from Wiktionary, Creative Commons Attribution/Share-Alike License.

  • noun Plural form of ostiary.


Sorry, no etymologies found.


  • Maybe it's time to restore the proper function of the ostiaries and the true meaning of Mass of the Faithful?

    Outrage in Malaysia

  • So arrayed I stepped at last from my door and was saluted as before by my monstrous ostiaries.

    The Urth of the New Sun

  • Rome, in the late Roman era and the one following, the ostiaries were still actually employed as guardians of the church buildings and of their contents.

    The Catholic Encyclopedia, Volume 12: Philip II-Reuss

  • According to these the ostiaries are first instructed in their duties by the archdeacon; after this he brings them before the bishop who takes the keys of the church from the altar and hands them to the candidate for ordination with the words: "Fulfil thine office to show that thou knowest that thou wilt give account to God concerning the things that are locked away under these keys."

    The Catholic Encyclopedia, Volume 12: Philip II-Reuss

  • In the ordination of ostiaries at the present day their duties are thus enumerated in the Pontifical:

    The Catholic Encyclopedia, Volume 12: Philip II-Reuss

  • When, from the end of the second century the Christian communities began to own houses for holding church services and for purposes of administration, church ostiaries are soon mentioned, at least for the larger cities.

    The Catholic Encyclopedia, Volume 12: Philip II-Reuss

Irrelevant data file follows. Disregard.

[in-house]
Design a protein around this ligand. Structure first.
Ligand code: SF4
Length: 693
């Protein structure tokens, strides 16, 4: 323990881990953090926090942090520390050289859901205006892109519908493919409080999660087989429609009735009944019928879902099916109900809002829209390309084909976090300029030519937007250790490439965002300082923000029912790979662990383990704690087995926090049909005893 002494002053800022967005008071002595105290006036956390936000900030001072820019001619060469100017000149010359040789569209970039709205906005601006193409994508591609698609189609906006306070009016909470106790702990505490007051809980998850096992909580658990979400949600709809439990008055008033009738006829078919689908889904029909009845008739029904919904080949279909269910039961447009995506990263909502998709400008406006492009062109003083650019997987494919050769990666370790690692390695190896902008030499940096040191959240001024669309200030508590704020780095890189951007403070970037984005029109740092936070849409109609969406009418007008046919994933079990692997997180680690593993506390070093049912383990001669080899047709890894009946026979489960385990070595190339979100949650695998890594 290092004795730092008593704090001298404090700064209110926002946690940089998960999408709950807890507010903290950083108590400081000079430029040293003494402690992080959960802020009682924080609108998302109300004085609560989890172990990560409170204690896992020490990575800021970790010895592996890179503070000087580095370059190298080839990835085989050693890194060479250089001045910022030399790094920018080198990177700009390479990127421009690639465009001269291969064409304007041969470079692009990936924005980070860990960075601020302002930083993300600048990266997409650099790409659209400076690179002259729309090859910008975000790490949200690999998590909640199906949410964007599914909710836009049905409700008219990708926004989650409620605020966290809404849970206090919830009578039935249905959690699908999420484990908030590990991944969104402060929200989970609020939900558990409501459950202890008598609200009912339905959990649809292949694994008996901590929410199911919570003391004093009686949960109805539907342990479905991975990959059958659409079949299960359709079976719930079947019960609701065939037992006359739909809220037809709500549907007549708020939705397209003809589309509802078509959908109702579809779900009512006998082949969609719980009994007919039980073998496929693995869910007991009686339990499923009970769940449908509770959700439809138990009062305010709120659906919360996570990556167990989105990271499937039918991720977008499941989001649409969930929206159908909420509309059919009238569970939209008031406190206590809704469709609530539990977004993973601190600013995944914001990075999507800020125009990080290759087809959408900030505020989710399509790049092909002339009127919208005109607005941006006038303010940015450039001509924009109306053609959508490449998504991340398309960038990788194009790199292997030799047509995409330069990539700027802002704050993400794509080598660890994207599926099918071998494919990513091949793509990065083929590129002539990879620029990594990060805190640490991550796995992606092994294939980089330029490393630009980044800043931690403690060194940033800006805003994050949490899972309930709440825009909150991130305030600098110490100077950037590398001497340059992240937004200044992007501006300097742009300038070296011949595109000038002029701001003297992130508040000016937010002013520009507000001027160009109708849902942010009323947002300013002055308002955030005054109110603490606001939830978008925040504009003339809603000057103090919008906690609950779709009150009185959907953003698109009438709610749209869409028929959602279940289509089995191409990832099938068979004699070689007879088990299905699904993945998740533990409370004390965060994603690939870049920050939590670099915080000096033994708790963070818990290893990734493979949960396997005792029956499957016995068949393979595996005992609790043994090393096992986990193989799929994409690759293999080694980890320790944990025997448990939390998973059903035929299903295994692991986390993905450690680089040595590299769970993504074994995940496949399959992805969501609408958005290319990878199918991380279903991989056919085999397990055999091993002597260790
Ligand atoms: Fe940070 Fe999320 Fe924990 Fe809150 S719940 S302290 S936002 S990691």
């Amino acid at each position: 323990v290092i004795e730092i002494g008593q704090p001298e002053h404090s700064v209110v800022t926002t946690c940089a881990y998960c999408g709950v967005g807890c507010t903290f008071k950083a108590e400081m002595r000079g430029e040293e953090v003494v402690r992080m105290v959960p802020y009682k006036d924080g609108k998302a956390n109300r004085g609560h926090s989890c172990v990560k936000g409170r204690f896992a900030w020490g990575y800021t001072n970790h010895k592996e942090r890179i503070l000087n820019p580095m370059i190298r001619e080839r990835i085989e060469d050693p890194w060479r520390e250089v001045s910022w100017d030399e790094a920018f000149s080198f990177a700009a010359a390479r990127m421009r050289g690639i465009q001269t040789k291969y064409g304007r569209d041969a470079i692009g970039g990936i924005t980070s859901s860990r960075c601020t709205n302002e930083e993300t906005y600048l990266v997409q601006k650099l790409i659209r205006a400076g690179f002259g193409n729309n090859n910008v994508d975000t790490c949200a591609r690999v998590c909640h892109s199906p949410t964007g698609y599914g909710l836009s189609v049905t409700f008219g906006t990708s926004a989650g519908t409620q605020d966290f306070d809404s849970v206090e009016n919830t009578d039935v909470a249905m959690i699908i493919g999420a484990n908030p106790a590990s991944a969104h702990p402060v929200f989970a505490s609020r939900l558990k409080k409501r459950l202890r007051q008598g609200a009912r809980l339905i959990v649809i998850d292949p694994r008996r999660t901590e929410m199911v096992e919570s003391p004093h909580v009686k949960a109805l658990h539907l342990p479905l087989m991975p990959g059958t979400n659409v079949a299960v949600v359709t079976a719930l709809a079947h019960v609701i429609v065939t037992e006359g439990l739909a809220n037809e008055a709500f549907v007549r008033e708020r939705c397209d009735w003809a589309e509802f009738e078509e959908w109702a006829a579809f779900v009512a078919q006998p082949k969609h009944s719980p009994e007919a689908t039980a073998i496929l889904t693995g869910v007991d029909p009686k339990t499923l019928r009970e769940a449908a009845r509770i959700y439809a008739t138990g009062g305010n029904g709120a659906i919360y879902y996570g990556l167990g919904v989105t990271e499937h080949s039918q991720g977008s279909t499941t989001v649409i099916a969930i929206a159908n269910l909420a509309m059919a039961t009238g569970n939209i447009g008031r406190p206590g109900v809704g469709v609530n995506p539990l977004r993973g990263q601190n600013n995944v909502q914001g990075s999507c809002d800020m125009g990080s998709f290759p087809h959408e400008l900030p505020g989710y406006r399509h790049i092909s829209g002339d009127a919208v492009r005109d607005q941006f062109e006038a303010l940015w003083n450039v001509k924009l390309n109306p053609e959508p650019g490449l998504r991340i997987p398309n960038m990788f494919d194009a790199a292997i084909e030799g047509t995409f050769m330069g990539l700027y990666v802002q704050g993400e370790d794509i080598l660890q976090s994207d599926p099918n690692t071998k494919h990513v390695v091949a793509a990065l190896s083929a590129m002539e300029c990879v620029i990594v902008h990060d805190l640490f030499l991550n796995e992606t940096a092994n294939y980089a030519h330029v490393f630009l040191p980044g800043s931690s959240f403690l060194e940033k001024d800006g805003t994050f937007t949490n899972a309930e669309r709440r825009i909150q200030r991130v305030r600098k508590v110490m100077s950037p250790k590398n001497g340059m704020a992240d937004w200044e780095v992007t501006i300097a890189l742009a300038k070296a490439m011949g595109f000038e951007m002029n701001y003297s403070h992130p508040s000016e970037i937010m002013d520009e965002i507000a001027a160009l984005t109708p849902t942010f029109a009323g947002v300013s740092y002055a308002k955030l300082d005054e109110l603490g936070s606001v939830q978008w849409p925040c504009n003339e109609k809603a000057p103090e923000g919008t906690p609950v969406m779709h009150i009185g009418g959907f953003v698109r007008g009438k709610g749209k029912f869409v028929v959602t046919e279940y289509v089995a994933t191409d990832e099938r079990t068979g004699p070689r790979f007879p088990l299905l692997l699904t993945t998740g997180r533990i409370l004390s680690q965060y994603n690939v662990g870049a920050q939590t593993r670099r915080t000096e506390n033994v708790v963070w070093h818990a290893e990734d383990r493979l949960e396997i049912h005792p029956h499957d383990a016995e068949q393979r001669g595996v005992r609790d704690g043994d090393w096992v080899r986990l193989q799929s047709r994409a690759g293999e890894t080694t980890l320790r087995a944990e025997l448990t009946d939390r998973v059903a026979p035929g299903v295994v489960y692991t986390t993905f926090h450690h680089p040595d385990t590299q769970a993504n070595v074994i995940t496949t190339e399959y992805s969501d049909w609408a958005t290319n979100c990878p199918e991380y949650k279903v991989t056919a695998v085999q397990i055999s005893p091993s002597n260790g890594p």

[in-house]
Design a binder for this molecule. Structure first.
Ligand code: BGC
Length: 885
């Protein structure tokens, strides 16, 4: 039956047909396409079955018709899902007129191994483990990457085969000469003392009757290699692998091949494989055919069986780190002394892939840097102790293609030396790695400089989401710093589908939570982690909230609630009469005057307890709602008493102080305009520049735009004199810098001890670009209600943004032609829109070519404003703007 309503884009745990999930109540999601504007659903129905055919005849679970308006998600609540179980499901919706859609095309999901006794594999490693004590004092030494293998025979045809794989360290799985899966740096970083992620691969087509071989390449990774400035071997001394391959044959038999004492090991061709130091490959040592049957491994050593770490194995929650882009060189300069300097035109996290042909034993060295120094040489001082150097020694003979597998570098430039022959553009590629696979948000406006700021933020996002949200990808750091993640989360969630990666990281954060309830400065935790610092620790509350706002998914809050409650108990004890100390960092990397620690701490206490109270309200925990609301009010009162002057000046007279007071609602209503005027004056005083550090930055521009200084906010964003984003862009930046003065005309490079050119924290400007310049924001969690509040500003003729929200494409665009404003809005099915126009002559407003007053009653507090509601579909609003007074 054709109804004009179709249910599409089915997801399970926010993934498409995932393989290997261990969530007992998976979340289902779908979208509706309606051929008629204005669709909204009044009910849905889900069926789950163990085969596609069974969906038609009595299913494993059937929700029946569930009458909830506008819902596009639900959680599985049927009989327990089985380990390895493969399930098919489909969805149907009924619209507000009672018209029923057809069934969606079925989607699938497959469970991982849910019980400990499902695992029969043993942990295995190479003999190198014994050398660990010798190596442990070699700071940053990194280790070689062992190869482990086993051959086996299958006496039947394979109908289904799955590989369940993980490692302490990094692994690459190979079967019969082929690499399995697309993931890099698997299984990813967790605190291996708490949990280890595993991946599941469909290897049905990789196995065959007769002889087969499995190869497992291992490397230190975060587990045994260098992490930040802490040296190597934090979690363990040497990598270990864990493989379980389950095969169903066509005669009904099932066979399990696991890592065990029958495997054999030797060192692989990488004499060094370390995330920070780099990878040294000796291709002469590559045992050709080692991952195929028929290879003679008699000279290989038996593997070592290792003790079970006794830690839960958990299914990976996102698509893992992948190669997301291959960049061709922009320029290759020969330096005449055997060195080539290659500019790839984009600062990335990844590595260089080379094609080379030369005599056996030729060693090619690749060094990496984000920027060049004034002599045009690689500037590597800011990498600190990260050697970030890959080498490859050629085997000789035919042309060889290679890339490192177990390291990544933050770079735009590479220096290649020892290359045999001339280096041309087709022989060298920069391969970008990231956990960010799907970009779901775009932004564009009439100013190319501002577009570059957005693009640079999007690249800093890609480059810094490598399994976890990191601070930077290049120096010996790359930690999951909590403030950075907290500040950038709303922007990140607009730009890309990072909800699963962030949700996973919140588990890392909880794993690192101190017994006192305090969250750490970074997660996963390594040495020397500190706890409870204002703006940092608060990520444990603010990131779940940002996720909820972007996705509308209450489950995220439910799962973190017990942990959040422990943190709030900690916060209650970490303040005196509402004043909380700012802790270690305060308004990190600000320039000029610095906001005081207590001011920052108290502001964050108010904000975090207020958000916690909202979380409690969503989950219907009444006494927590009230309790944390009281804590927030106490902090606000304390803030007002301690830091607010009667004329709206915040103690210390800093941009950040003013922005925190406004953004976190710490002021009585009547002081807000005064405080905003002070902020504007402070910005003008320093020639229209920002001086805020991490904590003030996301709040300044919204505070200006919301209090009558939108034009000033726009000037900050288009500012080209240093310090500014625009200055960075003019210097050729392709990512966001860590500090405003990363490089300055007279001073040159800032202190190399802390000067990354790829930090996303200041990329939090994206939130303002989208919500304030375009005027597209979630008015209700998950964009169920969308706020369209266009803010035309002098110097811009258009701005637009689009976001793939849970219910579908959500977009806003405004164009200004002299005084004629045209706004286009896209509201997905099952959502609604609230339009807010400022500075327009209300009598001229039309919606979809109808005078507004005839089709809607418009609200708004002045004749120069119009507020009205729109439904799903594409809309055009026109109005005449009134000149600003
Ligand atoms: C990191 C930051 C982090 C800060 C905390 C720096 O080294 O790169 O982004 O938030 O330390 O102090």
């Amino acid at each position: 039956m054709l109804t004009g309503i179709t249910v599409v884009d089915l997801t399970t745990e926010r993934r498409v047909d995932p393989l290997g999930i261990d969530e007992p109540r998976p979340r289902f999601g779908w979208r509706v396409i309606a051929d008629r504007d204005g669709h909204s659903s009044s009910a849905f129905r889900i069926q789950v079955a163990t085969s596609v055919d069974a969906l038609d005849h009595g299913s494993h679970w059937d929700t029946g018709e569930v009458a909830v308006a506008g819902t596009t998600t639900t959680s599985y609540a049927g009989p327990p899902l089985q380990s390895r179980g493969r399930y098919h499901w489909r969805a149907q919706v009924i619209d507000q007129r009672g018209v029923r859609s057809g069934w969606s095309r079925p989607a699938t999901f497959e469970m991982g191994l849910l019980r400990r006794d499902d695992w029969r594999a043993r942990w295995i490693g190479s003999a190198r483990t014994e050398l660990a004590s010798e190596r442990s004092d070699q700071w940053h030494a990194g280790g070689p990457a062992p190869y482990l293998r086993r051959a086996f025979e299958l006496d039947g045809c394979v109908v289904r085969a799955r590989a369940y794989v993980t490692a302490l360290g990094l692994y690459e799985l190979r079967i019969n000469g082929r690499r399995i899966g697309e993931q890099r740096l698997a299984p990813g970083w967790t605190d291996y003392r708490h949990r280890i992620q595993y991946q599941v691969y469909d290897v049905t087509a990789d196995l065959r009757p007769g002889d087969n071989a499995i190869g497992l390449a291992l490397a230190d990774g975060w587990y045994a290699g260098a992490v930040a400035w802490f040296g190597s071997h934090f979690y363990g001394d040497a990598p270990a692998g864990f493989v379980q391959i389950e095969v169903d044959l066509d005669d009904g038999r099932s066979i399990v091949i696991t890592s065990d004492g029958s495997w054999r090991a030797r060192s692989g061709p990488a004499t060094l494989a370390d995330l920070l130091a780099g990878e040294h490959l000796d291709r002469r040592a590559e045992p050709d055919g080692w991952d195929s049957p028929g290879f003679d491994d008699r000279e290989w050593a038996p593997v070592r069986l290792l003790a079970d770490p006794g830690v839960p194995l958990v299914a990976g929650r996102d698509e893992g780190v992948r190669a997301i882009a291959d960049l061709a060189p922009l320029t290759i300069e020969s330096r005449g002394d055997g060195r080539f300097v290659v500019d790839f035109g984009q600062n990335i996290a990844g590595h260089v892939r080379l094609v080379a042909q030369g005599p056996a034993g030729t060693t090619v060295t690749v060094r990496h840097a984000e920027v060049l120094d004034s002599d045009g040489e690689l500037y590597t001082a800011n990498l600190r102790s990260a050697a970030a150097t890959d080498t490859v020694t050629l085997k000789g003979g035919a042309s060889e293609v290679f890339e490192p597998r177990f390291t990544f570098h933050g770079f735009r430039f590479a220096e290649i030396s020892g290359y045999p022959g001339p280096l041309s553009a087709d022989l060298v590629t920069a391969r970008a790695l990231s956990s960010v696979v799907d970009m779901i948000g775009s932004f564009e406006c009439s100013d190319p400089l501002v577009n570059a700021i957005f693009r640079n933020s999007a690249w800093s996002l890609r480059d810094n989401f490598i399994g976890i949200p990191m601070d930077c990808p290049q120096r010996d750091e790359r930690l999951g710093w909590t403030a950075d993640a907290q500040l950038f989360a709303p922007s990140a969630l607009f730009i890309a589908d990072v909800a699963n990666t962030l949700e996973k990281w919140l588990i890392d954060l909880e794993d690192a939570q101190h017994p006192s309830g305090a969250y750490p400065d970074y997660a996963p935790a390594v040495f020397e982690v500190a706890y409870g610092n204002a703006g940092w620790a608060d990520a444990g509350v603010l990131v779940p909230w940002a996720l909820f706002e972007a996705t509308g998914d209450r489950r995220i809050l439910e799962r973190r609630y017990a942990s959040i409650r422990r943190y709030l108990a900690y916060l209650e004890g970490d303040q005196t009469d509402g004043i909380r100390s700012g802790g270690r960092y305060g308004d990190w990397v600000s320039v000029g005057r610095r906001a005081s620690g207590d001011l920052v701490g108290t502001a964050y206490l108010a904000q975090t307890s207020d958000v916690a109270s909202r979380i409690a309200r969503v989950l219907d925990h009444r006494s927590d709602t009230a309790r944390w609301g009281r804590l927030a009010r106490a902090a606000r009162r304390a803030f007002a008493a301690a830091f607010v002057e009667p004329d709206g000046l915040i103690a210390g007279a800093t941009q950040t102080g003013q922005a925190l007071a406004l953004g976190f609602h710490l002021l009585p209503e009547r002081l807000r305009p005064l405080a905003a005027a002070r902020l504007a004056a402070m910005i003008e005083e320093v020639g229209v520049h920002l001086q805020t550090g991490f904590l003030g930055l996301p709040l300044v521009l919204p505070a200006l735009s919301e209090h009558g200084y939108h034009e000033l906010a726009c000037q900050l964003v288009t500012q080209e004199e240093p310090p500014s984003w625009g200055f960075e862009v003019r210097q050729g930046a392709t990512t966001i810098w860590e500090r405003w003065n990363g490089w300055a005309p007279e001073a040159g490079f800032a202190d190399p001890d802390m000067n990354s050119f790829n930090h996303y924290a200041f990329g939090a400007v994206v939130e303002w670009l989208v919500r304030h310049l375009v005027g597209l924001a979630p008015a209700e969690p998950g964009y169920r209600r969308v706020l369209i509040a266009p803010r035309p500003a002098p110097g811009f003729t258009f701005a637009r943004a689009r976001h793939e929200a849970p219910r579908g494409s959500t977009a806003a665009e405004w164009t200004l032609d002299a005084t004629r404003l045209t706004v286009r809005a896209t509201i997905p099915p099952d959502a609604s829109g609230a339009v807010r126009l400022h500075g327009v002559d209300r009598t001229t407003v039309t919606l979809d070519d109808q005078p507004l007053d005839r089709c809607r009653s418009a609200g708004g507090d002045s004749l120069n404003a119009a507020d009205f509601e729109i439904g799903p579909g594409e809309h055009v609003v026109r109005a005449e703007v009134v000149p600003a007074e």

• This century also produced a train of other officers (beside bishops and deacons), such as subdeacons, who were all to the deacon what the presbyter was to the bishop; acolytes, persons to attend at service time on the ministers; ostiaries, doorkeepers; readers, men who were appointed to read the Scriptures in public; exorcists, officers of weak and superstitious appointment, whose business was to pretend to expel the devil from the candidate for baptism.

    The Gospel Day Or, the Light of Christianity

  • Reformation there were sub-deacons who wore alb and maniple, acolytes, the tokens of whose office were a taper staff and small pitcher, ostiaries or doorkeepers corresponding to our verger or clerk, readers, exorcists, _rectores chori_, etc.

    The Parish Clerk

  • For we are carried into the dark lake, like the Ægyptian river into the sea, by seven principal ostiaries: the mother-sins [141] of that number are the deadly engins of evil spirits that undo us, and even evil spirits themselves; and he who is under the chains thereof is not without a possession.

    Christian Morals

  • For the Gallican Rite, short statements concerning the ordination of the lower orders, among them that of the ostiaries, are found in the "Statuta ecclesiæ antiqua" a collection of canons which appeared at Arles about the beginning of the sixth century (Maassen,

    The Catholic Encyclopedia, Volume 12: Philip II-Reuss


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